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How do you cut up material for composting?

So, it's late summer and the flower borders are looking the worse for wear.  I've filled a bag full of plants which I've cut down or uprooted.  It's a mixture of roots, leaves, stalks, dead flowers and seedheads, and of course, like a good gardener, I want to compost it.  I could just empty it into the compost bin as it is.  But I know from experience that if I do that, it will take a long time to rot and the finished compost will be full of long twiggy bits which just sit on top of the soil and don't get incorporated.  So, I want to chop it into shorter bits.

I tried four pairs of bypass secateurs this afternoon, none of them were up to it.  Some of the material is dry and brown, some green, some in between.  Thickness varies from 1-15mm.  The secateurs work with the thicker, dry stalks.  Thinner or green stalks just get jammed between the blades, which then have to be prised apart.  Perhaps anvil secateurs would work better? At least, with only one blade, there shouldn't be a jamming problem.  All my secateurs have a device for locking them closed when not in use, but they all lock themselves from time to time when I don't want them to.  Is it possible to buy a pair that only locks when the user locks it?

I have a shredder, a cheapish basic model which I was given second-hand.  That's no help.  It splits stalks lengthways rather than chopping them in bits, so I'm still left with twiggy compost.

Another option I've considered, but haven't tried, is to put the stuff on the ground and run the mower over it, as is often recommended with leaves for leaf mould.  Mine is a hover mower.  (Why are they called that?  They don't hover.  At least, mine never has.  It stays firmly on the ground.)  It's a lot of bother getting it out of the shed and unwinding and rewinding the cable.  Maybe I should try and co-ordinate my border tidying with my grass cutting so I only have to get it out once.

How does everyone else chop up their compost fodder?


  • LynLyn DevonPosts: 16,765
    Secateurs, shears and an electric chopper.
    i just unscrew the locking bit and take it off,  my shears are all like that😀
    Gardening on the wild, windy west side of Dartmoor. 

  • fidgetbonesfidgetbones Posts: 14,809
    Alko impact shredder. I did have an 1100 but I lent it a neighbour and I think they tried putting planks through it. It came back with a broken main blade. I then got a nearly new 1300 version off ebay for £30. I mix shreddings with grass cuttings and turn it once or twice . I have quite a lot of daleks, so I am using up the last of vintage 2018 summer.  At this point it is like peat.  The more you turn it, the faster it rots. If there is a lot of twiggy stuff, It may have a first mixing with grass cuttings, heats up, then gets turned into another bin with another load of grass cuttings for a second heat up.
    You don't stop doing new things because you get old, you get old because you stop doing new things. <3
  • Blue OnionBlue Onion Posts: 2,490

    I just make piles with it around the garden for wildlife and critters to take care of.  The pile behind the rhubarb has been going for years.. builds up in the fall and flattens down over the winter.  Seedy things that I don't want spreading (like finished mint flowers) go to the more wild areas where I know it won't germinate.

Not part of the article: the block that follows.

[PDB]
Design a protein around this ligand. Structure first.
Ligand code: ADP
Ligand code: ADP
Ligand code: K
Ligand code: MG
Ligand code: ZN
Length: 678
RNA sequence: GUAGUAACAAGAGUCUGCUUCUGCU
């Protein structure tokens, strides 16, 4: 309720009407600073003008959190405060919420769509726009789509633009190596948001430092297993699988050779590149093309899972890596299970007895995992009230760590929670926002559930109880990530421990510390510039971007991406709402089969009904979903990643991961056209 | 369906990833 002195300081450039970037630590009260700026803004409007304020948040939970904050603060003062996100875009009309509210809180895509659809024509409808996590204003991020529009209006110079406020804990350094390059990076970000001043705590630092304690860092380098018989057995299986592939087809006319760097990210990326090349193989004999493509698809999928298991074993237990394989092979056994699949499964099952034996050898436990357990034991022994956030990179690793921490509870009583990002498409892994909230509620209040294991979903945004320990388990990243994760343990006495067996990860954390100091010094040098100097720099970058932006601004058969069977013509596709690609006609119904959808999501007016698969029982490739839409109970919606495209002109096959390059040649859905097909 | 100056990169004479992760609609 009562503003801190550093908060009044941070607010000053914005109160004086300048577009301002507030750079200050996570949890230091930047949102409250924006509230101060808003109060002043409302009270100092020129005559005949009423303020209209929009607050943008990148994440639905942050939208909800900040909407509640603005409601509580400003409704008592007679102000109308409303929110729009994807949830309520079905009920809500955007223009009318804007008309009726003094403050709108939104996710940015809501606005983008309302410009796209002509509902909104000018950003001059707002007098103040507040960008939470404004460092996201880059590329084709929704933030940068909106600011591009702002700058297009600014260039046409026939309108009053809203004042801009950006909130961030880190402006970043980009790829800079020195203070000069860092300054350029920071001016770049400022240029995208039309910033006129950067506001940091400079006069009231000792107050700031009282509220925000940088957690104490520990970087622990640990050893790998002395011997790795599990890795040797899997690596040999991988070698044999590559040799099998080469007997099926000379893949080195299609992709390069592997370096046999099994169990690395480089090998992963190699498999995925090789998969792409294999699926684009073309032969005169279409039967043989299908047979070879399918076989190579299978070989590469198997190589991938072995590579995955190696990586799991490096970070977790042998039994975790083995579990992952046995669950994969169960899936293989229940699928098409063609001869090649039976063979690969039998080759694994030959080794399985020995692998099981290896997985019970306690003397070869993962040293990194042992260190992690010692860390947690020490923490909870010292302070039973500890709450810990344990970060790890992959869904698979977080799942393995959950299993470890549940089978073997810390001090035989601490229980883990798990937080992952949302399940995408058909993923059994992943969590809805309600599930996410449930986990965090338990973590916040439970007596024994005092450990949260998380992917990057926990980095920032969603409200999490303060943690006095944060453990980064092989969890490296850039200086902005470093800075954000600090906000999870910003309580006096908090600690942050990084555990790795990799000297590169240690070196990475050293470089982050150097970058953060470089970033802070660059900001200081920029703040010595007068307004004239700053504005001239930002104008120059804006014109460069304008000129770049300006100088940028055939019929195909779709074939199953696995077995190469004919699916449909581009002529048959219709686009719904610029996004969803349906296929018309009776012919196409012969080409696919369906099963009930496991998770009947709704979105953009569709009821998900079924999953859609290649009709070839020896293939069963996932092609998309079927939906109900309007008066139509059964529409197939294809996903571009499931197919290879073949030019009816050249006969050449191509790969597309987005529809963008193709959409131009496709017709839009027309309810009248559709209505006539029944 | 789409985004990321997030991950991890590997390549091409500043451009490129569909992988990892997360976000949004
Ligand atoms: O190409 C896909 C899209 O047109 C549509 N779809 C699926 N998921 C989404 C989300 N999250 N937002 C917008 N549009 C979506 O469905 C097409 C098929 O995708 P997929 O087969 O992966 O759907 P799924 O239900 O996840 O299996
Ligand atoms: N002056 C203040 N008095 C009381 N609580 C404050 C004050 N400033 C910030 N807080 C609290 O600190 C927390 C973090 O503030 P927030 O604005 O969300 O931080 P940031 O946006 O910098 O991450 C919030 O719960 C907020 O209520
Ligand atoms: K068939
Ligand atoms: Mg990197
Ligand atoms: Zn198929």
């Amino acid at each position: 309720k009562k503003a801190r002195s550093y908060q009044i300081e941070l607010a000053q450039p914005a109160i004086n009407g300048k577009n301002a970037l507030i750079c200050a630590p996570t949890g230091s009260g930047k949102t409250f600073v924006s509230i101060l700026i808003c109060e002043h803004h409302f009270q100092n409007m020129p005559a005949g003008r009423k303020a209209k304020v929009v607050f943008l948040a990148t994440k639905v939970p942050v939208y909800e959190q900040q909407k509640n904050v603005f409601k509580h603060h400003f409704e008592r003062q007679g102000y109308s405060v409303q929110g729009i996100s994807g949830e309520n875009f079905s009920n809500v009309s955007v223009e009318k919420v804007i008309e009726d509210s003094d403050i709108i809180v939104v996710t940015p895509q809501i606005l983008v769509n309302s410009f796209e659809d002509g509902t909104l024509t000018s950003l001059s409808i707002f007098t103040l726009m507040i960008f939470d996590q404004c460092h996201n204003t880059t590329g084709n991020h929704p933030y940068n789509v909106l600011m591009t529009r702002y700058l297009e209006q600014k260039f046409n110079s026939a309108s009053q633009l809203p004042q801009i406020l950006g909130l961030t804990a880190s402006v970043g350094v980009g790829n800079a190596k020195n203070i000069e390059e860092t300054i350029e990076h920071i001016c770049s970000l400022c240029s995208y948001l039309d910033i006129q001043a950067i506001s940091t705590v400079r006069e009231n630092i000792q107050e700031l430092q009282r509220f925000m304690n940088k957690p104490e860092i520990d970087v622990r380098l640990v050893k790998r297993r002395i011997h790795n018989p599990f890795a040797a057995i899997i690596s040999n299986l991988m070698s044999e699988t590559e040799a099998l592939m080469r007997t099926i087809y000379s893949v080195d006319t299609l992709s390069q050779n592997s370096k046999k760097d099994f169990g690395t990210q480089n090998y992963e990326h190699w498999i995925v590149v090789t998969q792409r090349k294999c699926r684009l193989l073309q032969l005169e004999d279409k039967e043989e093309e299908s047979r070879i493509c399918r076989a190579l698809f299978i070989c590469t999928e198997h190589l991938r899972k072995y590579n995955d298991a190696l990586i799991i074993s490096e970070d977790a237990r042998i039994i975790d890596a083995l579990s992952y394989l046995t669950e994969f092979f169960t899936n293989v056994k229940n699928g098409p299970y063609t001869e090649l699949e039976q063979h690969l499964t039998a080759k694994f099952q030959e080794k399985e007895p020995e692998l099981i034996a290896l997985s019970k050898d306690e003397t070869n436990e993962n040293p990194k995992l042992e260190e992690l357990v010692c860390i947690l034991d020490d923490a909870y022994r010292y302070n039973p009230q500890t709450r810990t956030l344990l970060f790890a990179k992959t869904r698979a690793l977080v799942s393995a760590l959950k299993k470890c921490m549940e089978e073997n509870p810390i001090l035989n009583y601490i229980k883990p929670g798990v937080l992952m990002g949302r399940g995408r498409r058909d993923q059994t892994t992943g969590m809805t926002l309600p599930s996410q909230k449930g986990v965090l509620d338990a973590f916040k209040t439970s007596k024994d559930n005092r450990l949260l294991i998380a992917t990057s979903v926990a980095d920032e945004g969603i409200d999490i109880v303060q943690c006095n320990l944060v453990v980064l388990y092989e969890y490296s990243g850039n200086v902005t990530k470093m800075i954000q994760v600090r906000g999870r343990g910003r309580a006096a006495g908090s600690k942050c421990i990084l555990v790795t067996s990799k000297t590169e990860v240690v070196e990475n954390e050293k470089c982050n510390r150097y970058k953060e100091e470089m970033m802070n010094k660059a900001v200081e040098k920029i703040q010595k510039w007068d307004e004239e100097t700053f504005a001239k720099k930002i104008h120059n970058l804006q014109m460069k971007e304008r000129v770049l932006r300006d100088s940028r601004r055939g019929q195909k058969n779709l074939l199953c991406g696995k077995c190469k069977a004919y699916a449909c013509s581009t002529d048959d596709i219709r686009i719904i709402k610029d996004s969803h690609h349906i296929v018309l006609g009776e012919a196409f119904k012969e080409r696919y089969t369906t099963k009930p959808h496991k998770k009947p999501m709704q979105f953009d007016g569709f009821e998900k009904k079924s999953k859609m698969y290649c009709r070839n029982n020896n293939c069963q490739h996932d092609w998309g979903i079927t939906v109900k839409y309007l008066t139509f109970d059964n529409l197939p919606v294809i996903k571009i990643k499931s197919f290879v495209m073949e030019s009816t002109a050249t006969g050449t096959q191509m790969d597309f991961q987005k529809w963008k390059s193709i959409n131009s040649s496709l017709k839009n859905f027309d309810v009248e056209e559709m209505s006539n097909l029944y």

Utah, USA.
  • Lizzie27Lizzie27 Bath, SomersetPosts: 6,266
    @josusa47, could you chuck it into a trug and cover with water so the hard twiggy bits go soft and soggy first?
  • CloggieCloggie Posts: 1,325
    I use a marvellous old shredder that they no longer make, it has a rolling grinder rather than a spinning disk.  I have a spinning disk one and never use it, it's rubbish, why do they sell them?  If you can find a chipper type, it's good for old perennials, brambles, small tree and shrub trimmings etc but I don't put the woodier stuff in the compost, I have a separate bin because it takes longer to rot.  

    For smaller, softer stuff I chuck it on the grass and mow it up.  All weeds go in the green bin, I don't risk recycling them.  Chunkier wood is chainsaw and wood burner fodder.
  • CloggieCloggie Posts: 1,325
    Oh if I only have a handful of shredder stuff, I either use my secateurs into the heap or pile it up until I can be bothered to get the shredder out but it's much better to get it green.

  • FireFire LondonPosts: 7,358
    I keep large branches for log piles, compost smaller or softer stuff and give the rest (and hedging) to the council.
  • WilderbeastWilderbeast East YorkshirePosts: 852
    I mow everything before it goes in the heap, granted I have a big petrol mower and it does take a lot of hammer in the process. It makes a huge difference and really speeds up the process. I tend not to collect any of the weeds or prunings, I just Chuck them on the lawn and mow them up with the grass. Even the hedge clippings get mown and they get up to 6ft long 
  • CloggieCloggie Posts: 1,325
    Yeah, a petrol rotary mower is what I've got - they'll chew up stuff good!! 😁
  • josusa47josusa47 Posts: 3,532
    Thanks for all these suggestions.  I'm going to try mowing the grass and the spent plants at the same time.  
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